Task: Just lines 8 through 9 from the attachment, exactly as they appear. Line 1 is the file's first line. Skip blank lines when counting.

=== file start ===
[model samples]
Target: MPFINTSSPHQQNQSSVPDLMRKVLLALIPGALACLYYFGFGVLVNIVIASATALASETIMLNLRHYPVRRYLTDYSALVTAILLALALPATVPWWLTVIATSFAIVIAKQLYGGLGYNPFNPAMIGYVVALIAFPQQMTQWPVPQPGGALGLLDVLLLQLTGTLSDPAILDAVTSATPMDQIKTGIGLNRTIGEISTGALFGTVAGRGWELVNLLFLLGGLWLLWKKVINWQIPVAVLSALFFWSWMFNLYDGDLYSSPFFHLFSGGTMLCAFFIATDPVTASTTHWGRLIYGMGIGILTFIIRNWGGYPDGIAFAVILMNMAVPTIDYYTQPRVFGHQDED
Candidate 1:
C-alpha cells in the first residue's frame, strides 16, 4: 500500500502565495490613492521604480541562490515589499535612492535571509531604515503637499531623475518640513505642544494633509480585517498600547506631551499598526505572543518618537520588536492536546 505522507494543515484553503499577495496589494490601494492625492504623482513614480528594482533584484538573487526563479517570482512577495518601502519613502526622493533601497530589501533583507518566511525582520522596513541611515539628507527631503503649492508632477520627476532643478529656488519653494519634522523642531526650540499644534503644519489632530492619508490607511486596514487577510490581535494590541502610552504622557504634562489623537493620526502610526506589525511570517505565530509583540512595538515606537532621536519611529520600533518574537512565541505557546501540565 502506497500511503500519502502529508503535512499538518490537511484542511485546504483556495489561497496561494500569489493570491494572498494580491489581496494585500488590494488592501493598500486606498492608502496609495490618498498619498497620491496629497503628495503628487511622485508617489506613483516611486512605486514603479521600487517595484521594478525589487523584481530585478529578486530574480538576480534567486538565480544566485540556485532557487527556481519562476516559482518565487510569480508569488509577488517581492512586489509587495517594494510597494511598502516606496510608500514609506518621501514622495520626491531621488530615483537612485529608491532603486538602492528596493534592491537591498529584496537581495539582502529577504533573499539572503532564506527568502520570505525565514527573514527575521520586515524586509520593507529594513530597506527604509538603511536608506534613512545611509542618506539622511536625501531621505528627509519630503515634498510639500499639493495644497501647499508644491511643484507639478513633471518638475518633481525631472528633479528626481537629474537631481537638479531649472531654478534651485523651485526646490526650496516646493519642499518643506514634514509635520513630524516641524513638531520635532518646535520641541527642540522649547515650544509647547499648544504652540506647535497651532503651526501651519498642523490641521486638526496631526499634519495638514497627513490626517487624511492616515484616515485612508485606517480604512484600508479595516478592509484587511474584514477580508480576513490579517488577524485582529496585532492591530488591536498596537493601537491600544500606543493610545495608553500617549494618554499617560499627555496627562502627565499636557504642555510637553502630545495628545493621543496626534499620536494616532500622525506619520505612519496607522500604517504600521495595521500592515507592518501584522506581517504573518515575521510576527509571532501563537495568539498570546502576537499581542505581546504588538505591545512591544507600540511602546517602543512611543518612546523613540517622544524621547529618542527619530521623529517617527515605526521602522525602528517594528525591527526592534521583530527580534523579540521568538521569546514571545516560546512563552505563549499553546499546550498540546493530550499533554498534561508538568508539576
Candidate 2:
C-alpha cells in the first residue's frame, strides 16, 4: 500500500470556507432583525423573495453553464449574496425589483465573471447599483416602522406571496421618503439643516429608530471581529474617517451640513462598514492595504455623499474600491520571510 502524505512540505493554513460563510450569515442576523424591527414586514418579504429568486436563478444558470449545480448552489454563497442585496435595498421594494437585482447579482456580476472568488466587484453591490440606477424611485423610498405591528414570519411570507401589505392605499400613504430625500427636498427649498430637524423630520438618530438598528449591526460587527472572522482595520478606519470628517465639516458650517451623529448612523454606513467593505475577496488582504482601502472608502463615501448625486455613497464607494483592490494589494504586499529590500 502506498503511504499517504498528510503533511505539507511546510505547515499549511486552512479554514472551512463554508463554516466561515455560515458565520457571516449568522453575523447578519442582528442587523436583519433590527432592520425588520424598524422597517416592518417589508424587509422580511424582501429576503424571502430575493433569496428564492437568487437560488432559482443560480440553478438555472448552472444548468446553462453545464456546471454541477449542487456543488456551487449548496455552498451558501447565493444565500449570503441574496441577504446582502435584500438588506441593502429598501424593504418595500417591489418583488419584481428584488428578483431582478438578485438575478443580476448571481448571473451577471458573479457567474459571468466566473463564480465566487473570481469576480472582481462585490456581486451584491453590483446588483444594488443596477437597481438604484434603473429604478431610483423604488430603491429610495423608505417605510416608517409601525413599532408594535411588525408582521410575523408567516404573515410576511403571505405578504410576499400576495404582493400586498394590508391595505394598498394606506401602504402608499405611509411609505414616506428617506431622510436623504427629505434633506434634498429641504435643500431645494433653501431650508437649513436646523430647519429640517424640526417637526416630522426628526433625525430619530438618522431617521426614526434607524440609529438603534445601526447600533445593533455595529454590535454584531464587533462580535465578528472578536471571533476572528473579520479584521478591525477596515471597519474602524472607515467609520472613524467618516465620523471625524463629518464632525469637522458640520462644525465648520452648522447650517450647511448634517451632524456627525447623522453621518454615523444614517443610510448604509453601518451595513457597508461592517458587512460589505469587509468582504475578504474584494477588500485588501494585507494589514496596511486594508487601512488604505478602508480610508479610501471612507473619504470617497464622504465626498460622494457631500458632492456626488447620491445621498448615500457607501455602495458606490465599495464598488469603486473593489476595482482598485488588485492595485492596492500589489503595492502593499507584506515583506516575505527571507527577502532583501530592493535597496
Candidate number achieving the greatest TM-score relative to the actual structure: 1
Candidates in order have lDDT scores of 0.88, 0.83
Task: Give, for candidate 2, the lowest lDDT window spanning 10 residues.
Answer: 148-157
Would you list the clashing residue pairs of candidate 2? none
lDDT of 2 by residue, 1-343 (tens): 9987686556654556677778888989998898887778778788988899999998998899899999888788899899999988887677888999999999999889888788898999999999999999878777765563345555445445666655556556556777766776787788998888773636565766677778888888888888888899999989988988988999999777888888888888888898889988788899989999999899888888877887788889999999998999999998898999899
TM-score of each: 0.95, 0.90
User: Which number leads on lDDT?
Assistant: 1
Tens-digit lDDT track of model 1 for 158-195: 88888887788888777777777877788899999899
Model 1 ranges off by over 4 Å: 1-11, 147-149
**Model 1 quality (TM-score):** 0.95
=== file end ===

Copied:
Candidates in order have lDDT scores of 0.88, 0.83
Task: Give, for candidate 2, the lowest lDDT window spanning 10 residues.